How I used to brainwash people and why I quit

Picture of Frederick Dodson

Frederick Dodson

From 1994-2001 I worked for a company that offered business training, language courses, NLP, etc.

Almost every week I did a seminar/course/training with a new group of people. Group sizes were usually between 3 and 15 people. Most of them were middle management, some CEOs and every now and then, an A-List celebrity.

I coached on every topic the company threw at me, even though I had no education in any of those topics.
I had to educate myself and learn through experience (school/university is a massive waste of time – doing a thing is the best teacher).

My work time was 9 am to 7 pm, Monday-to-Saturday for 7 years straight.

On Saturday I said goodbye to one group in hugs and tears only to meet a whole new group on Monday morning. After a couple of years of this, the students, being new to it all, had tears, but I no longer did.

It was so strange. I had been through so much with the last group and still hadn’t processed the experience, only to start a whole new group a short time later. During this time I got to know thousands of people – every type of person you can imagine. Here is where my ideas about “consciousness levels” began to take shape.

They were difficult times, but pressure makes a diamond. I was a coaching-machine, churning out one group after the other. The company kept making bizarre promises about the courses that were impossible to keep. I used all my resources to try to uphold the fake promises.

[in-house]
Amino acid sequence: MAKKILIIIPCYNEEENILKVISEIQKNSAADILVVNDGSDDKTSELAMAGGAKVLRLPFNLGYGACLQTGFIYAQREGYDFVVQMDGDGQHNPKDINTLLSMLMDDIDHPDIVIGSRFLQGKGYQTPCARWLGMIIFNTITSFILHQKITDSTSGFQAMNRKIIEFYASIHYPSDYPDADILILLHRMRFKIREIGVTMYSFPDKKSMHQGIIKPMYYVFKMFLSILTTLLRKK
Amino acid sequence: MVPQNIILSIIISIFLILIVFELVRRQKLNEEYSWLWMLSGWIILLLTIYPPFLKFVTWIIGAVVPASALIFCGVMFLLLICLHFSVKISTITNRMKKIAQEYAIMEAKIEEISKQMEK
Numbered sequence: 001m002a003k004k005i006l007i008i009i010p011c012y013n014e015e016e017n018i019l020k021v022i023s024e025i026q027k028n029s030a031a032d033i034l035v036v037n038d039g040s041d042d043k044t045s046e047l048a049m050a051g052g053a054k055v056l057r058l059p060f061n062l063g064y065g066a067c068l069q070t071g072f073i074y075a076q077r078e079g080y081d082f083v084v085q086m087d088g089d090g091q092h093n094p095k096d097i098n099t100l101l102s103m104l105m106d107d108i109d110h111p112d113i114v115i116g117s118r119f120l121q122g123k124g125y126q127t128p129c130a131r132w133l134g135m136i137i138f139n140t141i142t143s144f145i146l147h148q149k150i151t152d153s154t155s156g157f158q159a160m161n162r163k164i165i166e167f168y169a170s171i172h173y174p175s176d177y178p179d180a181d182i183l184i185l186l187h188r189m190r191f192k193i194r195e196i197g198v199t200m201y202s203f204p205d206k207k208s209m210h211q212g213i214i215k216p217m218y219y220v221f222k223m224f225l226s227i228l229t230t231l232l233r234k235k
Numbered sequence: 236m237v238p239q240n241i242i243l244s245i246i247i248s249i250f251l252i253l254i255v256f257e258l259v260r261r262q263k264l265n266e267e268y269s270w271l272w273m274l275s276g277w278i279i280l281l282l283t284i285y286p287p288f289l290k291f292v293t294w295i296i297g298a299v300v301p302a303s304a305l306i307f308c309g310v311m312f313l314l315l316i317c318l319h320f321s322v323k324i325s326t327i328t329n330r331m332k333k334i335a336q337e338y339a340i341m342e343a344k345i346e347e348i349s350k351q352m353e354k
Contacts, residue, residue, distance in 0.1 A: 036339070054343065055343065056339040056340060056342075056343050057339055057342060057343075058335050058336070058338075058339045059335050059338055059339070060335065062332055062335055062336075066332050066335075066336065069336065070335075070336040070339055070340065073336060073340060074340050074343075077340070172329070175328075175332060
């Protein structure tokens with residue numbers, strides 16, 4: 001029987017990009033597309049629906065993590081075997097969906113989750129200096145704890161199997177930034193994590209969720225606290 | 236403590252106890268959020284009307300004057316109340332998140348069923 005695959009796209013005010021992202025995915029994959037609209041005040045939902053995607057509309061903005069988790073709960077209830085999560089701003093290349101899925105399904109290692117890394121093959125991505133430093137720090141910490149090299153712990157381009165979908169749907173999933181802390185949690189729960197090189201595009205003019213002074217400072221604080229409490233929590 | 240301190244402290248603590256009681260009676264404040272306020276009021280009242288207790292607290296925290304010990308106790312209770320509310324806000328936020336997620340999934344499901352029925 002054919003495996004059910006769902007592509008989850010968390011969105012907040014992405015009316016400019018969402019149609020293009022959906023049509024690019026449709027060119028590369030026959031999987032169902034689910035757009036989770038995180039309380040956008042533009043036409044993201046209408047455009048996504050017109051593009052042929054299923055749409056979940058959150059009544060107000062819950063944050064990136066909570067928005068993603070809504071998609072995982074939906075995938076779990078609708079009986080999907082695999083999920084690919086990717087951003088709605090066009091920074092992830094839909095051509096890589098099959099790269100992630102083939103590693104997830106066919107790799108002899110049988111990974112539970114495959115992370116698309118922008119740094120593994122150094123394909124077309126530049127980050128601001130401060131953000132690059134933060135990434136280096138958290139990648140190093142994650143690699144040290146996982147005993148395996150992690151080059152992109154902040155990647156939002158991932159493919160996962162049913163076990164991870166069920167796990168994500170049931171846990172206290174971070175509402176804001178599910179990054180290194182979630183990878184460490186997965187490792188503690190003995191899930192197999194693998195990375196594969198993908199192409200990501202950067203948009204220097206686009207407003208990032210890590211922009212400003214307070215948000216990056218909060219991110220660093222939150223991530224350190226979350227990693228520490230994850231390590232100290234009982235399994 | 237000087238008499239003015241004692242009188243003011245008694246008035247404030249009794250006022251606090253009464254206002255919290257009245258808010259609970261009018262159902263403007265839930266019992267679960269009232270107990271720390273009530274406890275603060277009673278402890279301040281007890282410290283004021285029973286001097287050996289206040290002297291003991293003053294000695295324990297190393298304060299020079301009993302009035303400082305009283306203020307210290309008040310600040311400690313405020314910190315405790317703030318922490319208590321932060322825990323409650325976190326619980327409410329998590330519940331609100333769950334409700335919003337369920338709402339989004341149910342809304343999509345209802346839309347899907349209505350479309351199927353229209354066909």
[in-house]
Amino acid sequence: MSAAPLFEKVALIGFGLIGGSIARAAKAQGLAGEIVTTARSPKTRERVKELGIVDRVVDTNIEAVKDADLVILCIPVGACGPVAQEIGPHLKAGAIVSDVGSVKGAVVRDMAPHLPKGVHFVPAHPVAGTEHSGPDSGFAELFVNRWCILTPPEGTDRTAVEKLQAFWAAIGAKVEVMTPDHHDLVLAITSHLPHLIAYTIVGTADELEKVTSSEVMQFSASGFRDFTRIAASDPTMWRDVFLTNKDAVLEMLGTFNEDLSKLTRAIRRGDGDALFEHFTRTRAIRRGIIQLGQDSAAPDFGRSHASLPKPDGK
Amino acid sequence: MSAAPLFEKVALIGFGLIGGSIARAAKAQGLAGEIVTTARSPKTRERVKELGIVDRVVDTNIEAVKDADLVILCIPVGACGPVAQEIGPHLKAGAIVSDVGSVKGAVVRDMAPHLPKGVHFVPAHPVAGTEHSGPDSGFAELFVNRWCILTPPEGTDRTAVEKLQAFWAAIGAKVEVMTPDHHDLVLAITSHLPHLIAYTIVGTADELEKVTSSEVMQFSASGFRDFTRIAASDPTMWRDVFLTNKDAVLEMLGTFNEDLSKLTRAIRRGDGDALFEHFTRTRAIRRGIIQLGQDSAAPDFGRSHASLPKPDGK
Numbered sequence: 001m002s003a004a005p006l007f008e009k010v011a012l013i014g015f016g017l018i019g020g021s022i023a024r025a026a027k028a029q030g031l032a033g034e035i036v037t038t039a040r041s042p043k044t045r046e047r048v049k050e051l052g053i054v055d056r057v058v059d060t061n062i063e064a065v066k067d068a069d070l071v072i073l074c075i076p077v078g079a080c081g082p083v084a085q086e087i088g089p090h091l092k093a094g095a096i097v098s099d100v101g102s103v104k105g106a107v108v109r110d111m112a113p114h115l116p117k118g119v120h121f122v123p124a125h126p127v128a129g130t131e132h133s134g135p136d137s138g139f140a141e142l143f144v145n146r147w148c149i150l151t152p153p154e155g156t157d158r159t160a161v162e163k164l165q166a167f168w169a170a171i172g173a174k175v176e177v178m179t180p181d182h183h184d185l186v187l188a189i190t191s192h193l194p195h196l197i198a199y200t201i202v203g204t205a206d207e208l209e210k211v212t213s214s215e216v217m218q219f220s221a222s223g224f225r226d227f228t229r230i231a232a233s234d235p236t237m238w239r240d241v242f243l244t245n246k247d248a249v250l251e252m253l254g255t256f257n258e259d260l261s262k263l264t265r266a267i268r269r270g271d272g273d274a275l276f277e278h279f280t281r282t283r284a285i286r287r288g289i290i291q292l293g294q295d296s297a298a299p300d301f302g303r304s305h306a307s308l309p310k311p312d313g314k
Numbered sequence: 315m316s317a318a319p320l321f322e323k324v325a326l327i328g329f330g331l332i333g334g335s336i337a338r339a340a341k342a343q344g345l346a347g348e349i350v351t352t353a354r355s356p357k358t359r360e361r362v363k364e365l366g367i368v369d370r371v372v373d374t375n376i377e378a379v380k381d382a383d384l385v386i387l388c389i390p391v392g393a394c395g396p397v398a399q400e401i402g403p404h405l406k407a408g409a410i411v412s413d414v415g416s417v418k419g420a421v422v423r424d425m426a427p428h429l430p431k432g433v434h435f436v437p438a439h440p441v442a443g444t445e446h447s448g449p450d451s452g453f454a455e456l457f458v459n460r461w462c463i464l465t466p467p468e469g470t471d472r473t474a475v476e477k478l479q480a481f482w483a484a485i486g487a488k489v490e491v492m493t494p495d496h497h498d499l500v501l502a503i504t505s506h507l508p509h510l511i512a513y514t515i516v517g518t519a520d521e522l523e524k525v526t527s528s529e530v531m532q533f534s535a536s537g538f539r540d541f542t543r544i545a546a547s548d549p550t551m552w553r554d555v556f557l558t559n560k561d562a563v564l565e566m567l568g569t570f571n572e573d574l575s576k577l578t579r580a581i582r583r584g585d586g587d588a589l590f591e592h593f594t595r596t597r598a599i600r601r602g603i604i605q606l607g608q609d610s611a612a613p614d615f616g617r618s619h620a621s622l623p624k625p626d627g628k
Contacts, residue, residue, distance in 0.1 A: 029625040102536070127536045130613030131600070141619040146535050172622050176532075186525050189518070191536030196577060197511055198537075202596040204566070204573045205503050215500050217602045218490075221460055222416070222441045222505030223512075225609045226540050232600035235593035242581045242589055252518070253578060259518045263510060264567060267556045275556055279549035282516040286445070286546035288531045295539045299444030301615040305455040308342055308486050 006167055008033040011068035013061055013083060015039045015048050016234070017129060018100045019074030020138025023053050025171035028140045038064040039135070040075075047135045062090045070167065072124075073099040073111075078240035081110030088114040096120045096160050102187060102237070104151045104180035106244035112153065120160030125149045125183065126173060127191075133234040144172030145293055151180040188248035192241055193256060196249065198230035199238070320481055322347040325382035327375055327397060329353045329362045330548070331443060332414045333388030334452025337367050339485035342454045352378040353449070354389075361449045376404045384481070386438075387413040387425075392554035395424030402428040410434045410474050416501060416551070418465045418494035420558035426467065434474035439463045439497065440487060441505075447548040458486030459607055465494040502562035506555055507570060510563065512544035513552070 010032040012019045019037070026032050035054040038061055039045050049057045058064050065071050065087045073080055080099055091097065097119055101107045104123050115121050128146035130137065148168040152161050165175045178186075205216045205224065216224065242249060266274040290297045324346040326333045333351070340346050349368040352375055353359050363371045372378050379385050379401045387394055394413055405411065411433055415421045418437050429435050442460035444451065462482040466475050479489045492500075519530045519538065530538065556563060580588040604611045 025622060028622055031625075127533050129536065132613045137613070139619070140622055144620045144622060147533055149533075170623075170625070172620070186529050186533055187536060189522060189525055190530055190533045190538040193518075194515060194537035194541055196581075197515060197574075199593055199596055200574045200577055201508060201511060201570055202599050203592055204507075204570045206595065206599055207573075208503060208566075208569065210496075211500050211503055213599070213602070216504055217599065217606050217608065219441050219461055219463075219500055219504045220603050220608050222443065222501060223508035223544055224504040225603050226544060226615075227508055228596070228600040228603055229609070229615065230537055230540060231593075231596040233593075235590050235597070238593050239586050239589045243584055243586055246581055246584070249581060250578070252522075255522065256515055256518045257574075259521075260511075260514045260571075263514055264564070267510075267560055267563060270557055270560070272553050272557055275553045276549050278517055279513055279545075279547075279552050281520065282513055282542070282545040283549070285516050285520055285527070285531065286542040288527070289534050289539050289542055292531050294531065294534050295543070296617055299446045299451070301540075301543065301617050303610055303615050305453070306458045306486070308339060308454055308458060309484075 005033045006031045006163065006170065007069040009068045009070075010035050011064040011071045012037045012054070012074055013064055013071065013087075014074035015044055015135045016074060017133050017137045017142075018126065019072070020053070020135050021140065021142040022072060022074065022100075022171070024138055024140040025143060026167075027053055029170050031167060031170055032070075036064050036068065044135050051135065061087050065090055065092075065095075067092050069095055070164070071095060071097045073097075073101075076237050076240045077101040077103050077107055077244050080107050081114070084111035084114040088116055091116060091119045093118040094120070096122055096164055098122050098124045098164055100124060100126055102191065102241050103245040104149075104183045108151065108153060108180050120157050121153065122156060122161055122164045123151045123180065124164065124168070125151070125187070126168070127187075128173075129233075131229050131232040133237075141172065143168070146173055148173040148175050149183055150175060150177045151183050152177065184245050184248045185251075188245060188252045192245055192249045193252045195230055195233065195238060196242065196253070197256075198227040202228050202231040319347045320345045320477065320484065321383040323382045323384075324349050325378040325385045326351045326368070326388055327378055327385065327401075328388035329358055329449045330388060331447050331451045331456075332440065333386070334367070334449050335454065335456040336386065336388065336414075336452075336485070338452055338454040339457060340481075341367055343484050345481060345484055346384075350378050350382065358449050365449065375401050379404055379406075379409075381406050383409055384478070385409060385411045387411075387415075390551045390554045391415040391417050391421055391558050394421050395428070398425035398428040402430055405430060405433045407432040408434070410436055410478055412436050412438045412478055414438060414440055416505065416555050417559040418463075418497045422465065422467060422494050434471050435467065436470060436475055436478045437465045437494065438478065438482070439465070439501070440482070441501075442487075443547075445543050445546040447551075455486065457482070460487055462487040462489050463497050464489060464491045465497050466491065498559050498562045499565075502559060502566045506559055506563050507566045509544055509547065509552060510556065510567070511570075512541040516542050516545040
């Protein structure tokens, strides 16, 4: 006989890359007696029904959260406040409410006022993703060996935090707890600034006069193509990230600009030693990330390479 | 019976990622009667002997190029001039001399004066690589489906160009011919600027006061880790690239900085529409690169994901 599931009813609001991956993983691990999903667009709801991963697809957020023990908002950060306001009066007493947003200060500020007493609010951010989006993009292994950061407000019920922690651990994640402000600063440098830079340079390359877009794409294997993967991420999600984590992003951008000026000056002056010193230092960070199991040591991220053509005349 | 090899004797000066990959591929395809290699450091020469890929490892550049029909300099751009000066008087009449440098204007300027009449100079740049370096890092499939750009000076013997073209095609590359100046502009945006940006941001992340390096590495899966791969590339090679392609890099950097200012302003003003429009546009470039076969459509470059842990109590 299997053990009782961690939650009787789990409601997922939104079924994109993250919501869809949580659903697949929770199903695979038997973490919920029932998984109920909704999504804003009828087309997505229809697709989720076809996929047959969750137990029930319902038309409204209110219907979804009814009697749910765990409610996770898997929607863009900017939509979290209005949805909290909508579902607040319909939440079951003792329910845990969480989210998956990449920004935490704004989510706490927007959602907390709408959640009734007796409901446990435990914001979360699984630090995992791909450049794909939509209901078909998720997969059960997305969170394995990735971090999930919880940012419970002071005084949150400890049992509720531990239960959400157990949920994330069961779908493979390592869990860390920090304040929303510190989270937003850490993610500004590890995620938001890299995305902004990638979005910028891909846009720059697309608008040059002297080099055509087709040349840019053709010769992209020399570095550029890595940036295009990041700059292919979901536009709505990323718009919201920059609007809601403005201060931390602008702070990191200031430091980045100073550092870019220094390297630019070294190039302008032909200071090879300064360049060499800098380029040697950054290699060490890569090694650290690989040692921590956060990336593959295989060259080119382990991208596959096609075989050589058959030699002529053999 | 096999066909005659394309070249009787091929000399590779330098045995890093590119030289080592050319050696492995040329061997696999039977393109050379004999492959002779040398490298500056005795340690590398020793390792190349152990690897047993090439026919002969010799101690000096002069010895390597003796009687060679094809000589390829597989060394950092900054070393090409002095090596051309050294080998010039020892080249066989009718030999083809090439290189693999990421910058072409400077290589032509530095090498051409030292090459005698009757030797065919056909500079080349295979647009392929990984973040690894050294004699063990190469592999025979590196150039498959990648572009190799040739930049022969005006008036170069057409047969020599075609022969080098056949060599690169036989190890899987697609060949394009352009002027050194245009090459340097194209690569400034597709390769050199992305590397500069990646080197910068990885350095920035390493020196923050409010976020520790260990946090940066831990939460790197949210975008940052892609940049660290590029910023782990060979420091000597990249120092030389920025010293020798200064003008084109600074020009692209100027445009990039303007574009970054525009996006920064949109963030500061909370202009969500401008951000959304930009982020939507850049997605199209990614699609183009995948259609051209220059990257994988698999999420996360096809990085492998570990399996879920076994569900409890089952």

I became a master of make-believe. In the process I learned how easily people are manipulated. Way too easy. Way too naive. I was manipulating them to their benefit – but it was still manipulation.

For example, the company promised “suggestopedia” to “master” a new language in six days. No matter how creative you are as a teacher, it’s highly unlikely that you’ll “master” a language in that amount of time.

But at the end of these seminars, people filled out a form and gave full-star ratings from everyone. “Do you feel you’ve mastered the language?” “Why yes, of course!”.

Did I get people to believe things that weren’t true? Yes.

They got an excellent start in my courses – probably better than at most mainstream schools. But after the starry-eyed brainwashing wore off they’d probably realize that 6 days is too short of a time to learn the skill they had come for.

I’m good at spotting manipulators, because I was myself one. It takes one to know one.

In my early coaching days I would “make things true” on behalf of the student so that they were able to experience a thing. But outside of my influence-field they no longer had the same abilities. This is how I learned to reduce my own will/energy in a seminar and instead request EXERCISE from students. The student should be more active than the coach.

In 2001 I had a change of heart.

I was tired of pretending, exaggerating and hyping everything up. Tired of spending time with gullible people.

I yearned for a more authentic life. I left the company.

For a few years I became fairly poor. I wasn’t making the big money anymore, but at least I no longer had to live up to fraudulent marketing.

If you wondered why I don’t like marketing and make no promises for my seminars, now you know.

It took 3 years of self-employment before I began making more than I had made with the company. The lesson here was that BEING AUTHENTIC sometimes leads to short-term pain but always long-term gain. Not being authentic = long term pain.

If you benefited from this article, share it far and wide

Copy Protected.